I recently bought another little red book from Roger Lee at the Crucible in Sheffield. This book is entitled, “Practice strokes at billiards” by F M Hotine editor of Modern Billiards. This book is particularly interesting for the advertisements that it contains as for the text about the game of billiards. One of these pages is for Kent and co while another mentions the company of A W Gamage. Incidentally a friend of mine recently sold an A W Gamage cue. This book is written with a little wit and is easy to read when compared with more serious works. The illustration to your left gives a nice view of the attractive red, green and black cover.

My copy is not dated but in the introduction mention is made of the Great War, thus dating it after 1918.

While on the subject of little red books, I must make mention of my fourth edition copy of “Billiards for everybody” by Charles Roberts, son of the great John Roberts. This book carries a stern warning about fake chalk being sold as genuine St Martin Blue Chalk. The need for such an entry must have caused something of a stir at the time?

This book is filled with lots of detailed text and some quite intriguing photographs and warrants serious attention, if you should come across a copy. Another interesting part of this book is the offer from Charles Roberts to carry out coaching at his home.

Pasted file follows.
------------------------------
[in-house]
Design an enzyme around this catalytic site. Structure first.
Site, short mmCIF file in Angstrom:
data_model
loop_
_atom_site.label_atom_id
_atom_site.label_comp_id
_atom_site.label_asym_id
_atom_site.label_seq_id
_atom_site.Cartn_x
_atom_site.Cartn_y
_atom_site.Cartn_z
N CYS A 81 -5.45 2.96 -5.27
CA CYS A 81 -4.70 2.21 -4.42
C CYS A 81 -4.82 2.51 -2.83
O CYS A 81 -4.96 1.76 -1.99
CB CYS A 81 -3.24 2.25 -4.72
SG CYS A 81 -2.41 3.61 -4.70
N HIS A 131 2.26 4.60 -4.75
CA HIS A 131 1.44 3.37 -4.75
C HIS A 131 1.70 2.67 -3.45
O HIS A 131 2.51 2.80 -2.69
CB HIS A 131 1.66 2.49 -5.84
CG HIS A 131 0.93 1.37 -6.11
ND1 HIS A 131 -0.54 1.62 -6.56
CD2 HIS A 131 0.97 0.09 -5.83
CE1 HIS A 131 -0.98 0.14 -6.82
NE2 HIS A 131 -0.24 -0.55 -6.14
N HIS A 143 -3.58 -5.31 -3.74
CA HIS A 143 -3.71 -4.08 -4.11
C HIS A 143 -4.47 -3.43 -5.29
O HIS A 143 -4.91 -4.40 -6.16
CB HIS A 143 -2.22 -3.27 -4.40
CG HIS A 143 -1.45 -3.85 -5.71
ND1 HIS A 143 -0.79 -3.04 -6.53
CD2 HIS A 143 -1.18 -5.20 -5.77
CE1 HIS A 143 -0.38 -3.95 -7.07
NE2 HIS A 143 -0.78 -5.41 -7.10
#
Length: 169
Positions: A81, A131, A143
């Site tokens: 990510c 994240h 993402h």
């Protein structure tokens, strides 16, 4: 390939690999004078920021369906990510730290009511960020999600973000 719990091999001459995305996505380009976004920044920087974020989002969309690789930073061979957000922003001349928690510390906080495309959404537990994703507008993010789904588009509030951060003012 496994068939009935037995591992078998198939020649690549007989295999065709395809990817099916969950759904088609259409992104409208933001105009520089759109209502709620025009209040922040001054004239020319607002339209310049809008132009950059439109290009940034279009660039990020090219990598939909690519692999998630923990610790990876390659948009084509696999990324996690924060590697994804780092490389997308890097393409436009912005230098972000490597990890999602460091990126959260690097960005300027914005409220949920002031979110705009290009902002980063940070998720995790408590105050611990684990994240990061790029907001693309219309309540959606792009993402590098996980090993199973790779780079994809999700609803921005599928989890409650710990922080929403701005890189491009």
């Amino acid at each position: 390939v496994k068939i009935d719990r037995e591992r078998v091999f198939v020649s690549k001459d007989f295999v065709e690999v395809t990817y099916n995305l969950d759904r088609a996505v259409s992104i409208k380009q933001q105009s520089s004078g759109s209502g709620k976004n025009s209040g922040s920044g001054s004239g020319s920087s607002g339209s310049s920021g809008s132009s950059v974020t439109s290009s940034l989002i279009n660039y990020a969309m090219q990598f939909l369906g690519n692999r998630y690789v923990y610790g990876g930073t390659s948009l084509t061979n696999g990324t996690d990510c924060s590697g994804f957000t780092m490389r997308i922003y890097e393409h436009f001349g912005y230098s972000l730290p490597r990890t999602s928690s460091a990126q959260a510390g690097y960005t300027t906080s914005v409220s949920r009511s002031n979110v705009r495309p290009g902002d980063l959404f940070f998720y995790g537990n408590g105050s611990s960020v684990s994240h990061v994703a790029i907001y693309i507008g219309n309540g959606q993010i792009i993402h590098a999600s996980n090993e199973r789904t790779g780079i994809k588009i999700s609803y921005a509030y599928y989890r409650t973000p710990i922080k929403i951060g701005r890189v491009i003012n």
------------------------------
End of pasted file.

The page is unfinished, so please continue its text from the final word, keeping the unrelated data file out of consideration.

I don’t know whether the text inside was represented in any other of his books but this is one of three that he wrote.

At a glance you might think that from the illustration, these last two books were printed by the same company but from reading the dedication, this seems not to have been the case.

I have concentrated in this piece on the little pocket books available around the turn of the century and a little after the first world war, I couldn’t finish without showing you the covers of the Melbourne Inmans book on billiards and the prettily titled book, “Dainty Billiards”, by Tom Reece.

My copy of the Reece book was published in 1925 and is packed with intricately drawn diagrams and contains text explaining them all. The sub title of the book reads “How to play the loose cannon game” as you will see from the illustration conveniently placed to your left. This book clearly took many years to research and was produced towards the latter part of Mr Reece’s career. As you are no doubt aware Tom Reece hold the world record for making a beak at billiards although it never receive d official recognition as neither a referee nor member of the public were present throughout, the break was 435,135 and is, commemorated on every model of Reece cue that was produced.

I like this book although the text is somewhat beyond my level of understanding.

Finally for this little piece, I want to mention the Melbourne Inman book in more detail, the copy that I currently own is a little different from most of those on offer at the moment as the cover is slightly altered. The book has a very good section on great players of the time and also some players recently retired at the time of writing. My copy is a reprint and yet seems slightly less common than the earlier edition. Many of these books are sold without their dust wrappers or make sure if you buy on mail order that yours still has the wrapper in place, it is worth paying extra as it will have protected the book quite well over the years.

David Smith